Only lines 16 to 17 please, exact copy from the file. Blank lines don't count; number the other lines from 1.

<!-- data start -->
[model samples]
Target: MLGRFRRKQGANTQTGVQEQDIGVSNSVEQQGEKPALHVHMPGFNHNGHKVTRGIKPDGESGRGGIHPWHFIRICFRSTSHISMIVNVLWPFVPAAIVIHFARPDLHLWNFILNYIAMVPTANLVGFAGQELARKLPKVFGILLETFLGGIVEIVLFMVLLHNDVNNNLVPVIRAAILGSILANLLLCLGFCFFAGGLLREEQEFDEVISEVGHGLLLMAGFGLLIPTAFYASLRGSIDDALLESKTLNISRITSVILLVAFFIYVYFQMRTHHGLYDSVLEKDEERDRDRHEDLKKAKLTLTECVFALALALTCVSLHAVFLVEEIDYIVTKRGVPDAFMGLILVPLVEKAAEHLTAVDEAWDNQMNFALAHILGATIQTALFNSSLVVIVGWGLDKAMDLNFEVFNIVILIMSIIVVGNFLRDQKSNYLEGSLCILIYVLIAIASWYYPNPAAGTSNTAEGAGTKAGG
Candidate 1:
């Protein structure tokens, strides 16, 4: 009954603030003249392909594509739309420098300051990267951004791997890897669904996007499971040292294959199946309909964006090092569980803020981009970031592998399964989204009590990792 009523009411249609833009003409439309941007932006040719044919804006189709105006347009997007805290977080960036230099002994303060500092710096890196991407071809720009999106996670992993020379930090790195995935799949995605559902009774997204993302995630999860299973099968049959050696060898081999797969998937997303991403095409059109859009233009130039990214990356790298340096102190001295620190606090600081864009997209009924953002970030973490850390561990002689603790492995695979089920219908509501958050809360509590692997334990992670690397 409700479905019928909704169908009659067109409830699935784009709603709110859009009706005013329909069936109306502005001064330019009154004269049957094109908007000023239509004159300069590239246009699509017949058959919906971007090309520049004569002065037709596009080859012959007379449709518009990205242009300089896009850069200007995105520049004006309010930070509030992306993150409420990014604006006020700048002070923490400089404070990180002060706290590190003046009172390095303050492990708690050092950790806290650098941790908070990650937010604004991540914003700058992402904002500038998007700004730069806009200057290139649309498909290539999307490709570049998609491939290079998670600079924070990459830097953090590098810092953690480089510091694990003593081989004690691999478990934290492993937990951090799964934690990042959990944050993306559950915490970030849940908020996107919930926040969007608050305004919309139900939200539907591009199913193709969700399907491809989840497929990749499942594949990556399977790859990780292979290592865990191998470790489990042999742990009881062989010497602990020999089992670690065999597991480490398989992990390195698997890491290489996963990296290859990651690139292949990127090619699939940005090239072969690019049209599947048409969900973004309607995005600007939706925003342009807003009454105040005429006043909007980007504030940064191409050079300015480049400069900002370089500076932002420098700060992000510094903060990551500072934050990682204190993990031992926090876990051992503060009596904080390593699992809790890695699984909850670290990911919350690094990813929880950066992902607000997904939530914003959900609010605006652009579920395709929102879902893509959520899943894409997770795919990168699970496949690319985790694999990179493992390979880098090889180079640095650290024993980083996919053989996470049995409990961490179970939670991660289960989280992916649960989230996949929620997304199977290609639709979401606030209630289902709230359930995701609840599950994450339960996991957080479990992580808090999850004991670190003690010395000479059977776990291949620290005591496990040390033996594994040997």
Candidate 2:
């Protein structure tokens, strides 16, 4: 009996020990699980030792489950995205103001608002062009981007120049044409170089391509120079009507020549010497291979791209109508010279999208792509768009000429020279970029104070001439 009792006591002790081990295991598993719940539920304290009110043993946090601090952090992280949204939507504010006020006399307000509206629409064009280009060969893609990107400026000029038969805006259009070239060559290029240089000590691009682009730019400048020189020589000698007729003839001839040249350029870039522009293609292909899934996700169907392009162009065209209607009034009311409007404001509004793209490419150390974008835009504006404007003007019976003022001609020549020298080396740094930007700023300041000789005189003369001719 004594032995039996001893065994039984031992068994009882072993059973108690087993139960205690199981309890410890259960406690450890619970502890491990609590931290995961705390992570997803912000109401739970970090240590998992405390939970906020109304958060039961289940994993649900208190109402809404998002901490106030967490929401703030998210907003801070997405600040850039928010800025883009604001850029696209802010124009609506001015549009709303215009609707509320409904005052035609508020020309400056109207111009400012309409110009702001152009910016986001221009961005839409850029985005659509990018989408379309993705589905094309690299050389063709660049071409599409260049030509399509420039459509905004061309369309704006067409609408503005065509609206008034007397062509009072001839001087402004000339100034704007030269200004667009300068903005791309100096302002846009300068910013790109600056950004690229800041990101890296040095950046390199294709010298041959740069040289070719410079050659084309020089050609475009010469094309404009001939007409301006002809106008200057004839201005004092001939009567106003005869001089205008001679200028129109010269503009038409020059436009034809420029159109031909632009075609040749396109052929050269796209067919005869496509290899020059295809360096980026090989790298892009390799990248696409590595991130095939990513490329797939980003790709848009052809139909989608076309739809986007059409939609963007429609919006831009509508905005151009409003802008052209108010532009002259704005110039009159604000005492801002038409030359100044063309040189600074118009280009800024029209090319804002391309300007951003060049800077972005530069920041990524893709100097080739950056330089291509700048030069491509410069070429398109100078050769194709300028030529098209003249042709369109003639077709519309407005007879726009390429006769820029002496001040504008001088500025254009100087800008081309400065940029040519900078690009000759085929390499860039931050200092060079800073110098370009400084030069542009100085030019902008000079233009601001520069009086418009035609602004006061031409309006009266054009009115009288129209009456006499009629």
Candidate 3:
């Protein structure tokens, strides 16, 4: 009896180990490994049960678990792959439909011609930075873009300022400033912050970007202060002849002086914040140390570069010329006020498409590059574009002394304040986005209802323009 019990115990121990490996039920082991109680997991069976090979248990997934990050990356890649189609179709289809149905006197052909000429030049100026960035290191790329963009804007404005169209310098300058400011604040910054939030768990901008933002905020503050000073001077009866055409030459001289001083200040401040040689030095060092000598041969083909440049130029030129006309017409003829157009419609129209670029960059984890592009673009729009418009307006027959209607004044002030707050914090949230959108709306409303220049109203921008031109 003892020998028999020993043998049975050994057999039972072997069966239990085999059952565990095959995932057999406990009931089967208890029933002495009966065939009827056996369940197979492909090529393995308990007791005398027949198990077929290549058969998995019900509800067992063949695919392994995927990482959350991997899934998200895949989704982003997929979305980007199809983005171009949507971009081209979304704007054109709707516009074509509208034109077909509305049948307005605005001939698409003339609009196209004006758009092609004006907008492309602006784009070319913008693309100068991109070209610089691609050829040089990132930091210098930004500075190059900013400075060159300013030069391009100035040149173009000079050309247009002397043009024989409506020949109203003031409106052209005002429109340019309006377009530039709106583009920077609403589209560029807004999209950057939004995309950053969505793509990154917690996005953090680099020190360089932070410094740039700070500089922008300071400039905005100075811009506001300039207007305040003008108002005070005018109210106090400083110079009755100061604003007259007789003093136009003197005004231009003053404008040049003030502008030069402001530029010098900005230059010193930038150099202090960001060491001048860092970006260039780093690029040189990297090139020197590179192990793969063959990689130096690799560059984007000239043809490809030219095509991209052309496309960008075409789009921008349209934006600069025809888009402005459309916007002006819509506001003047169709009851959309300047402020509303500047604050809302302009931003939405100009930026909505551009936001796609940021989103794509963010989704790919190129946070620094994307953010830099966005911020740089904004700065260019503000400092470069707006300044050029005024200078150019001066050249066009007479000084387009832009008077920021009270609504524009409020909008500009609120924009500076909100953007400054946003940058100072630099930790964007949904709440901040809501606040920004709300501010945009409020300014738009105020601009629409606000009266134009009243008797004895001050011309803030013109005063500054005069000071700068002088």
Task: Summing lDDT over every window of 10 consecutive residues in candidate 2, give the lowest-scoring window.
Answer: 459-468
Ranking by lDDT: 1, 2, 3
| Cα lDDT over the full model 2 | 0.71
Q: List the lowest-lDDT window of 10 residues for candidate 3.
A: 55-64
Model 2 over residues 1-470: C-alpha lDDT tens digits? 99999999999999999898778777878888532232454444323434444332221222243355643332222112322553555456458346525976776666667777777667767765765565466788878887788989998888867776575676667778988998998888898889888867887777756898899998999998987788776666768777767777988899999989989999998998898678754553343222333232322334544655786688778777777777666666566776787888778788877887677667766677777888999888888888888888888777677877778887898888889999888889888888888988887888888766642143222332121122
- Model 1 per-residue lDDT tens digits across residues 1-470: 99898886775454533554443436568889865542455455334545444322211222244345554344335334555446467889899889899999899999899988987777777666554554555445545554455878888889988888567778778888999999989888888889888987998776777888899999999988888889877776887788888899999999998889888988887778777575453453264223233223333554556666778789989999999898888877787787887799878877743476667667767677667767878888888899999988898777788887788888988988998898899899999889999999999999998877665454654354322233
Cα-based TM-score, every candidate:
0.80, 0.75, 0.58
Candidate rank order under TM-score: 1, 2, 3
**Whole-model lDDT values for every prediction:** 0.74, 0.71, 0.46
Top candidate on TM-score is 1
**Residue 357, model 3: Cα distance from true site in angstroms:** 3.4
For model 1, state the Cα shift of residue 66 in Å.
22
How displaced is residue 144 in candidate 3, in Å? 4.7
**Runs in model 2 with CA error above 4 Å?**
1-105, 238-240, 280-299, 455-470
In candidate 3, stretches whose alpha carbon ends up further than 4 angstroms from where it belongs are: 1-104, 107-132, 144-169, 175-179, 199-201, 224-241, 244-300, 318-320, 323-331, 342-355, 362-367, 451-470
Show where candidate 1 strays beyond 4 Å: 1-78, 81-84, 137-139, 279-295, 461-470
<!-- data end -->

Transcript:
- Model 1 per-residue lDDT tens digits across residues 1-470: 99898886775454533554443436568889865542455455334545444322211222244345554344335334555446467889899889899999899999899988987777777666554554555445545554455878888889988888567778778888999999989888888889888987998776777888899999999988888889877776887788888899999999998889888988887778777575453453264223233223333554556666778789989999999898888877787787887799878877743476667667767677667767878888888899999988898777788887788888988988998898899899999889999999999999998877665454654354322233
Cα-based TM-score, every candidate: